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 Shoulder F.A.Q.

1.    What is the shoulder?

2.    What procedures do I need to undergo to diagnose my shoulder problem?

3.    What is the Rotator Cuff?

4.    What is Impingement Syndrome?

          Arthroscopic Subacromial Decompression (Acromioplasty) animation

5.    What is Frozen Shoulder (Adhesive Capsulitis)?

6.    What are Rotator Cuff Tears?  

          Arthroscopic Rotator Cuff Repair animation

7.    What is Biceps Tendon Instability?

8.    What is Cuff Tear Arthropathy?

9.    What is Shoulder Dislocation?

          Arthroscopic Bankart Repair animation

10.  What are the long-term consequences of shoulder dislocations?

11.  What is a SLAP Tear?

          Arthroscopic SLAP Tear Repair animation

12.  What are the conditions that affect the AC Joint?

          Arthroscopic Distal Clavicle Resection (Mumford Procedure) animation

13.  What causes clicking in the shoulder?

14.  What is Shoulder Osteoarthritis?

          Total Shoulder Replacement animation

15.  What is Suprascapular Nerve Entrapment?

16.  What are steroid injections?

17.  What can I expect during surgery?

18.  What can I expect after my shoulder surgery?


1.   What is the shoulder?

The shoulder is the most mobile and probably the most complex joint in the human body because it is inherently unstable (glenohumeral joint); the complex interaction of the labrum, ligaments and rotator cuff muscles confer stability or resistance to dislocation. It is comprised of 4 separate joints, 3 bones and a total of 4 muscles (Rotator Cuff) are directly involved in its movement; apart from the rotator cuff, 17 other muscles are also secondarily involved in shoulder movement. The articulating surfaces of the humeral head and glenoid as well as that of the distal end of the clavicle and acromion are lined with articular cartilage.


2.    What procedures do I need to undergo to diagnose my shoulder problem?

Establishing the exact cause of shoulder pain starts with obtaining a complete history and physical examination. You will be asked to fill-up an evaluation form to objectively determine your functional disability. We usually request for special x-ray views of the shoulder followed by an MRI or CT Arthrography. Some patients may require an EMG-NCV to rule out cervical radiculopathy or entrapment of the Suprascapular nerve (SSN) as the cause of their pain.

3.    What is the Rotator Cuff?

The Rotator Cuff is a group of 4 muscles (subscapularis, supraspinatus, infraspinatus and teres minor) primarily responsible for the movement of the shoulder. Apart from its role as the prime mover of the shoulder, the integrity and contraction of the rotator cuff muscles keeps the humeral head centered on the glenoid and prevents the upward migration of the humerus (arm bone) when raising the arm.


4.    What is Impingement Syndrome?

It is one of the most common causes of shoulder pain. Its hallmark is pain in the arm that is aggravated by lifting objects or applying resistance to arm elevation. The two most common explanations are: 1.) the acromion develops bone spurs projecting downward and thus decreasing the space for the supraspinatus tendon; 2.) the cumulative trauma sustained by the supraspinatus tendon when it hits the acromion whenever the arm is elevated beyond 90°. Both situations lead to pain   and inflammation of the supraspinatus tendon that could further lead to the development of rotator cuff tears.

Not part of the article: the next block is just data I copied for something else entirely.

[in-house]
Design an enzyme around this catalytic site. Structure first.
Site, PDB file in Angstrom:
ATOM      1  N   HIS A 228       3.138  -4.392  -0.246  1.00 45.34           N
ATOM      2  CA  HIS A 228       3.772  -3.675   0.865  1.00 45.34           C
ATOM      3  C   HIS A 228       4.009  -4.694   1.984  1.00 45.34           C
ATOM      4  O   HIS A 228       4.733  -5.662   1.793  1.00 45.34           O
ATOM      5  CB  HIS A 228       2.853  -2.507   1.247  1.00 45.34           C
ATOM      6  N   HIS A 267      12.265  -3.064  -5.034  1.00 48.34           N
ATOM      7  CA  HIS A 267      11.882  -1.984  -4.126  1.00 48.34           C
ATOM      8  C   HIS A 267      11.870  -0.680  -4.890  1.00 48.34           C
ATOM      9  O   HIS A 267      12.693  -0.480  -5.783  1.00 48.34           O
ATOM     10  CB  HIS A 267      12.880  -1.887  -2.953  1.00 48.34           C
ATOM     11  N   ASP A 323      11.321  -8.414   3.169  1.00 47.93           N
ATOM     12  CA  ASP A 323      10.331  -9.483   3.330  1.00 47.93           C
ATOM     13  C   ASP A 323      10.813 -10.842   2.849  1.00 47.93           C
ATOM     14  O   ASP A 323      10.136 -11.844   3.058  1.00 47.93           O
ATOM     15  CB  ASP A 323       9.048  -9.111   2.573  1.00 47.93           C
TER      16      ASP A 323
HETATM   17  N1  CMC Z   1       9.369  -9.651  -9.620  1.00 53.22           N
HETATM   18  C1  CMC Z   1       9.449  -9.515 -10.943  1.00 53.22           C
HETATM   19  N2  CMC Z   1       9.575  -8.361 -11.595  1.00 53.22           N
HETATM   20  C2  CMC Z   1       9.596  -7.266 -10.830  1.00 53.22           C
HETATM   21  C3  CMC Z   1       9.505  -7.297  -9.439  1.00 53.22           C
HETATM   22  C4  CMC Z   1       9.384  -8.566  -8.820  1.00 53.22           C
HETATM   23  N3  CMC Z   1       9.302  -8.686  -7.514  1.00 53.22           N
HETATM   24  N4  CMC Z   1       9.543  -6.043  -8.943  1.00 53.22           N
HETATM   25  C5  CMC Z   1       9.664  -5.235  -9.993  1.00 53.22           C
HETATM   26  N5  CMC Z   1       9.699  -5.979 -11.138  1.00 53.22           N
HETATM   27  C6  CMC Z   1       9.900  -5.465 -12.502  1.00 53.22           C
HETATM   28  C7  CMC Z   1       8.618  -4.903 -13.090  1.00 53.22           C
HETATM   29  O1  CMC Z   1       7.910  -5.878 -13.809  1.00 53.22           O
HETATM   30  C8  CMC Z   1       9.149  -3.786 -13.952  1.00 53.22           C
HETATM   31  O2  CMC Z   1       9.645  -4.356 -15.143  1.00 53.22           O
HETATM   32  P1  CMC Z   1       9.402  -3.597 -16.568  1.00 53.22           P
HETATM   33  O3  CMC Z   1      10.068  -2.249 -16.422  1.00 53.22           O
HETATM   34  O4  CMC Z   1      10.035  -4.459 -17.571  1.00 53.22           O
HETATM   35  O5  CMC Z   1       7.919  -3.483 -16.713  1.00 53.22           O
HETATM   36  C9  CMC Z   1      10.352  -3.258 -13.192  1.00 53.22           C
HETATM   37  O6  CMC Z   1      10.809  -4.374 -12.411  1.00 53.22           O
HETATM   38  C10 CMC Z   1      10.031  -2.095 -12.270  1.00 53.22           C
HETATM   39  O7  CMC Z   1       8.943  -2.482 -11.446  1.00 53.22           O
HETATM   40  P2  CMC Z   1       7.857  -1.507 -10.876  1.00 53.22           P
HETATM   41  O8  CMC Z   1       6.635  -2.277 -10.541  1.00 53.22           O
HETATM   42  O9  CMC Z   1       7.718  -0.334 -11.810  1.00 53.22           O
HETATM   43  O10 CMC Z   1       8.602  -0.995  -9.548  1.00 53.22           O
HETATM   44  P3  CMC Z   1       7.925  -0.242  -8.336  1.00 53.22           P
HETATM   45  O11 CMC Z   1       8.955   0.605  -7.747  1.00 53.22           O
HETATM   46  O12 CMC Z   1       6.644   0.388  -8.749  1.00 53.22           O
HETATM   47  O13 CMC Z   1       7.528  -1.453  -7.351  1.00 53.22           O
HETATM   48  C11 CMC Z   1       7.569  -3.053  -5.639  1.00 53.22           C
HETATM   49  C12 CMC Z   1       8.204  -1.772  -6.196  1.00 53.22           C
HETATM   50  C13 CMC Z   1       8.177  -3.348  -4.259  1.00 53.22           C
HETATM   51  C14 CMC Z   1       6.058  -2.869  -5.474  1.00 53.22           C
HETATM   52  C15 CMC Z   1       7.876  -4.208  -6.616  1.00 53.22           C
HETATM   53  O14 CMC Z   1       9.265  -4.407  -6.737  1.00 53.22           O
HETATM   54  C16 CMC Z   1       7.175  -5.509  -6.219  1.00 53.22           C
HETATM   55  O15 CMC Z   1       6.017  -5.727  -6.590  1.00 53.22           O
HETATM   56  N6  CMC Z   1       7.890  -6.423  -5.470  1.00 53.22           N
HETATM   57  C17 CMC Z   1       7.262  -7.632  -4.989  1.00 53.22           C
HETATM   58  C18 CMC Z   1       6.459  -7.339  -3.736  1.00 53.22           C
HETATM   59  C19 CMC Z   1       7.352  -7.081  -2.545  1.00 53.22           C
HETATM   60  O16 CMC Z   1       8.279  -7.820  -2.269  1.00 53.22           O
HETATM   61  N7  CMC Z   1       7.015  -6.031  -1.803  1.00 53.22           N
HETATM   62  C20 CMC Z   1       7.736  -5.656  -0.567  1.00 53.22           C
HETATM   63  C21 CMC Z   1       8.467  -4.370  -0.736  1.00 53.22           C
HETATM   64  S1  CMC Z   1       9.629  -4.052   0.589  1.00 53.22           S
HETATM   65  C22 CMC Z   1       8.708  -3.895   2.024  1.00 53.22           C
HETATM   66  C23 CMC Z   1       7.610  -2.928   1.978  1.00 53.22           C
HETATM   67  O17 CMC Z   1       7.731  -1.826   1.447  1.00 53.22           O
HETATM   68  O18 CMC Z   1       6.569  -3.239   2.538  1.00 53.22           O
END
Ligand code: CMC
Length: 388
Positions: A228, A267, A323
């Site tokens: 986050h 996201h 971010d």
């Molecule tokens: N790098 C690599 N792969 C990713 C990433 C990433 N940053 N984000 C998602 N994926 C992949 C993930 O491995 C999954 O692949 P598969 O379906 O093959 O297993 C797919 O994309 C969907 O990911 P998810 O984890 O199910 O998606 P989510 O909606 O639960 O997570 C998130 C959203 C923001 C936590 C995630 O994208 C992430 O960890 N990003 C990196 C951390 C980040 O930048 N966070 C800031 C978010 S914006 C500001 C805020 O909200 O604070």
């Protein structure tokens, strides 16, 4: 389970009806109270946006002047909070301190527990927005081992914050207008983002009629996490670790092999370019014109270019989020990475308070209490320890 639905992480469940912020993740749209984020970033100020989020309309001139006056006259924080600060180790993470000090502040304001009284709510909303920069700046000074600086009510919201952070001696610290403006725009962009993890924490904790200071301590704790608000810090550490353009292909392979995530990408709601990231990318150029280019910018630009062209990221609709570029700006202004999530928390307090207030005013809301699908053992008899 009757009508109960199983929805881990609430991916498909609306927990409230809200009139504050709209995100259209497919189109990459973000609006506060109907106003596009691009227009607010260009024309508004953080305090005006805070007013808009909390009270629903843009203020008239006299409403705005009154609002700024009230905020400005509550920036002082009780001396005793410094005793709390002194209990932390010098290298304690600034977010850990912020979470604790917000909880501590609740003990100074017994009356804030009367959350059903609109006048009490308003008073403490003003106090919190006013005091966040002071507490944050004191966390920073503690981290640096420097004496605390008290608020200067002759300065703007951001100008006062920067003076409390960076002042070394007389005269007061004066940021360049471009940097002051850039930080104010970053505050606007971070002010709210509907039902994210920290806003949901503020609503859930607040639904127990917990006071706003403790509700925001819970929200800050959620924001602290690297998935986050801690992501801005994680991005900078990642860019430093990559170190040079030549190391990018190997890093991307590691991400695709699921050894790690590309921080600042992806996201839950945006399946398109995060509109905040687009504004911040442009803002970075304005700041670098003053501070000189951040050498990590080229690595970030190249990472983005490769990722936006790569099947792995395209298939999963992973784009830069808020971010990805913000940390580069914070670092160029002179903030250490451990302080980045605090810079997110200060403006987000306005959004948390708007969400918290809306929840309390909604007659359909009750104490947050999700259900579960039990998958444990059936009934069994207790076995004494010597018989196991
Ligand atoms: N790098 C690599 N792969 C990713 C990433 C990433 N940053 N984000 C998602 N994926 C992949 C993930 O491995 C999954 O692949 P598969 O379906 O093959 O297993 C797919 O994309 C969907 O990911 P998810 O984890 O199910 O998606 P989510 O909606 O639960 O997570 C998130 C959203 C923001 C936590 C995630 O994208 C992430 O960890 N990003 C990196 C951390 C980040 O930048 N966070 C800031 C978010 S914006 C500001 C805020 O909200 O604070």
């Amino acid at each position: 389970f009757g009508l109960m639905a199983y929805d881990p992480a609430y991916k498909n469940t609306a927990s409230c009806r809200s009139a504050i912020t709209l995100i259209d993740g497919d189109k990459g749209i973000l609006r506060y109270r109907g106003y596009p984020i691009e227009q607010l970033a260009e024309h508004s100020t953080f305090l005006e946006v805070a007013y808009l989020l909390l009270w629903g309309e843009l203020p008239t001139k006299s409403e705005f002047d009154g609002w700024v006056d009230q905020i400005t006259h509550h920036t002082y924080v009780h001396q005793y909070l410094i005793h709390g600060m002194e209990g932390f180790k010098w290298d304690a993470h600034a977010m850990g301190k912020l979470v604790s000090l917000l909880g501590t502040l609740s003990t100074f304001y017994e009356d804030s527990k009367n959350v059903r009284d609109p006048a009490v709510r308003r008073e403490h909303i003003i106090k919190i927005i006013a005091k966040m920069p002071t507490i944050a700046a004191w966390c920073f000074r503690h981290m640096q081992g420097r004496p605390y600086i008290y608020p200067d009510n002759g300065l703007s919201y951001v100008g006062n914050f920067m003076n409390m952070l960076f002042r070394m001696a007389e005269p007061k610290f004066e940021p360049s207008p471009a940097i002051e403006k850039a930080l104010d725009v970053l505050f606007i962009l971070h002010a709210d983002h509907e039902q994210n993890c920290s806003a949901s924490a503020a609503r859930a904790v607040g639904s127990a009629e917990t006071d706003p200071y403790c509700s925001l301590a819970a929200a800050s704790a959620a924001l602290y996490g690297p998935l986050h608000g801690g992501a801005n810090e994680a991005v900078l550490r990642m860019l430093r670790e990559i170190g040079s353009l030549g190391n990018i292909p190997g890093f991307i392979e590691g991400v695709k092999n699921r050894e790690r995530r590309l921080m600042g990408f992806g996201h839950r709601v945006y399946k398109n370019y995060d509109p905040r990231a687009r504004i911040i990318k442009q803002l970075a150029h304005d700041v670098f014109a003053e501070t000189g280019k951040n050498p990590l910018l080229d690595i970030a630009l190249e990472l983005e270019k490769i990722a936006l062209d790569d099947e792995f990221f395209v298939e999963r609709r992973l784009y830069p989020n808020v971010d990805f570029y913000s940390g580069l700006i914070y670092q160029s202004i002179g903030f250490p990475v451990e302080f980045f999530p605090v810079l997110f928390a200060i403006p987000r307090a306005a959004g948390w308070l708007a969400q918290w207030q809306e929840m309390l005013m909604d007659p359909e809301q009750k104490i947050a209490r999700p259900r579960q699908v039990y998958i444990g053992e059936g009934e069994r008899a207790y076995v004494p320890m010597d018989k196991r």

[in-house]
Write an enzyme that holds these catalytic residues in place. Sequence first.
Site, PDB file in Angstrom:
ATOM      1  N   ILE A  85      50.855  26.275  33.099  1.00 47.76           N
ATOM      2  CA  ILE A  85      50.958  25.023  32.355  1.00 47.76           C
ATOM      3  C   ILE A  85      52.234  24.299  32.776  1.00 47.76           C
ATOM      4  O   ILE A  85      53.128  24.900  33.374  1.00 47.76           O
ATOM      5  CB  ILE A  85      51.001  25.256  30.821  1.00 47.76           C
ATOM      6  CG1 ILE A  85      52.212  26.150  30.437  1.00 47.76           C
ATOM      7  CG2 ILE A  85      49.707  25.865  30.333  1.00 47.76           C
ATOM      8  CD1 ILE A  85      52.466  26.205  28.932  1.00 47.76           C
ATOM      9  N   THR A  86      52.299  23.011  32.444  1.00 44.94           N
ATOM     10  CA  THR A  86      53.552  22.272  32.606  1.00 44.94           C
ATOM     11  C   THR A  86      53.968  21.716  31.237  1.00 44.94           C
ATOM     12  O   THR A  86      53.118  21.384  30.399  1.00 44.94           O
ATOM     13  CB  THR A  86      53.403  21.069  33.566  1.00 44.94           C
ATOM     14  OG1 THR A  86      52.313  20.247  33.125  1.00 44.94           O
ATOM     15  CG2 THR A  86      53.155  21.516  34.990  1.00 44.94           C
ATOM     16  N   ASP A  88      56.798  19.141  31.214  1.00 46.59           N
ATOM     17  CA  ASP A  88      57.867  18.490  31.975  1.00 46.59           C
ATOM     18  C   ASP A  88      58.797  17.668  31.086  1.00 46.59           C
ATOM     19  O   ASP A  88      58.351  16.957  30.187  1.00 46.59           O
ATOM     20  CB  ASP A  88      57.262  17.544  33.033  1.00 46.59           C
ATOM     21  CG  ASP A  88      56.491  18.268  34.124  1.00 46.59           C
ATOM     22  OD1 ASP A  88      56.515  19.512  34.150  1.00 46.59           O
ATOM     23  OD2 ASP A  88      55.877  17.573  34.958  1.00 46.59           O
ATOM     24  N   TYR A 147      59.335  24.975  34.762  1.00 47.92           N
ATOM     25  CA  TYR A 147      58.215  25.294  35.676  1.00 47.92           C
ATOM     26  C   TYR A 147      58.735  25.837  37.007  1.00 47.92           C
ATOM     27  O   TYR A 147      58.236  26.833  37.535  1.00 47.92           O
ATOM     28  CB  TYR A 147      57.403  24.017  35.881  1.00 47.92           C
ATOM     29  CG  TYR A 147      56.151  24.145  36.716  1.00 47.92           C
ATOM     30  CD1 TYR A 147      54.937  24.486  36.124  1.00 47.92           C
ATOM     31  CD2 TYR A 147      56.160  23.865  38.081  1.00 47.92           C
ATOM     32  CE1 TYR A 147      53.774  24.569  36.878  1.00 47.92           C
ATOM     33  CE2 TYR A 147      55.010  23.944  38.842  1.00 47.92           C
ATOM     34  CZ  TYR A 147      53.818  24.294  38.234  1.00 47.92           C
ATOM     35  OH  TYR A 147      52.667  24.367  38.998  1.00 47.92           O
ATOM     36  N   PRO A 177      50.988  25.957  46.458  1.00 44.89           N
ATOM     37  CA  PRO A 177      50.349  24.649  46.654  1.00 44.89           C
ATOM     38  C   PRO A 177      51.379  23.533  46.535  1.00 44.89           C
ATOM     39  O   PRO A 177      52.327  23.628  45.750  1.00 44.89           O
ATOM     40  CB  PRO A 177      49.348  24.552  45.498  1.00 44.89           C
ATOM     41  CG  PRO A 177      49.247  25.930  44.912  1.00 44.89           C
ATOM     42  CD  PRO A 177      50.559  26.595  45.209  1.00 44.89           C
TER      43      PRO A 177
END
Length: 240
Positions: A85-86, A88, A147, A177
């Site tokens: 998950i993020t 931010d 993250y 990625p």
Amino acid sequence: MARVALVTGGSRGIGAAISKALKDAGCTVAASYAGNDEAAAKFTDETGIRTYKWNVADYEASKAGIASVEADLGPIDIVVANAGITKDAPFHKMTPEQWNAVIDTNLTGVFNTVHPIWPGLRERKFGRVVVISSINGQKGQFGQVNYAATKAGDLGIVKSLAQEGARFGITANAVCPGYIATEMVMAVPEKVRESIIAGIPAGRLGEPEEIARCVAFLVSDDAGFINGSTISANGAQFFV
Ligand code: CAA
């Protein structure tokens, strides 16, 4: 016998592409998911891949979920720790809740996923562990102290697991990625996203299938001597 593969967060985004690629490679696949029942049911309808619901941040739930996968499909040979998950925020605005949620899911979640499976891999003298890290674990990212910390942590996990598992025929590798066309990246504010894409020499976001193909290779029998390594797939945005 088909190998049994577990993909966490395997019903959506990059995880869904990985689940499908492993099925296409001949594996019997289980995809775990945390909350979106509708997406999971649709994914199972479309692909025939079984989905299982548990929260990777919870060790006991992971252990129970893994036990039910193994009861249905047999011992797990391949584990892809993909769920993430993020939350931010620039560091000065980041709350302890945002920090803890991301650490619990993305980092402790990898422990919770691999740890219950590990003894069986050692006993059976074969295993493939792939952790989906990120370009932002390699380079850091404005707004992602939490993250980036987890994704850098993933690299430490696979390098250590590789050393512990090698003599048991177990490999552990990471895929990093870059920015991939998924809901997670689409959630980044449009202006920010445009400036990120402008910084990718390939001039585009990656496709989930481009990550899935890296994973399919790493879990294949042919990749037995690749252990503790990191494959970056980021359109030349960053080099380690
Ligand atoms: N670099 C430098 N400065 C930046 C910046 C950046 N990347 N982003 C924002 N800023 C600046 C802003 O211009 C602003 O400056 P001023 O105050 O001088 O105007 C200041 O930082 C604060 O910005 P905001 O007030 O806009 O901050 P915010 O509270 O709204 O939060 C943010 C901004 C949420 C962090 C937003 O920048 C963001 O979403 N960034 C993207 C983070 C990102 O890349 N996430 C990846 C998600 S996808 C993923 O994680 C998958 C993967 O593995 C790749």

The initial treatment is nonsurgical; consisting of pain medications and rehabilitation but other causes of shoulder pain like rotator cuff tears should first be ruled out. If patients are not responsive to nonsurgical treatment, your doctor may recommend surgery (Arthroscopic Acromioplasty). The surgical treatment aims to make more space underneath the acromion for the head of the humerus to allow pain-free elevation of the arm possible again.

Click here to view an animation of an
Arthroscopic Acromioplasty

5.    What is Frozen Shoulder (Adhesive Capsulitis)?

This self-limiting condition is characterized by slow-onset of pain and stiffness with no preceding traumatic episode. Attempts to mobilize the shoulder in any direction by either the patient or another individual will result in severe pain because of the contracted shoulder capsule. It commonly occurs in individuals who are 40-60 years old and in individuals with Diabetes and Thyroid problems. Although this condition is self-limiting, its clinical duration may last up to 24-36 months unless the patient undergoes some form of treatment. Establishing the diagnosis is not so straightforward since other shoulder conditions may present with similar clinical manifestations.


For true cases of Frozen Shoulder, the treatment is non-surgical consisting of pain medications and rehabilitation. Steroid injections may be of help during its initial stage. Previously, patients who fail to recover their shoulder mobility were treated with shoulder manipulation that is performed under sedation. In developed countries, the practice of shoulder manipulation is being abandoned because of its propensity to produce uncontrolled capsular tears, rotator cuff tears and it could sometimes result in fractures of the humerus.


6.    What are Rotator Cuff Tears?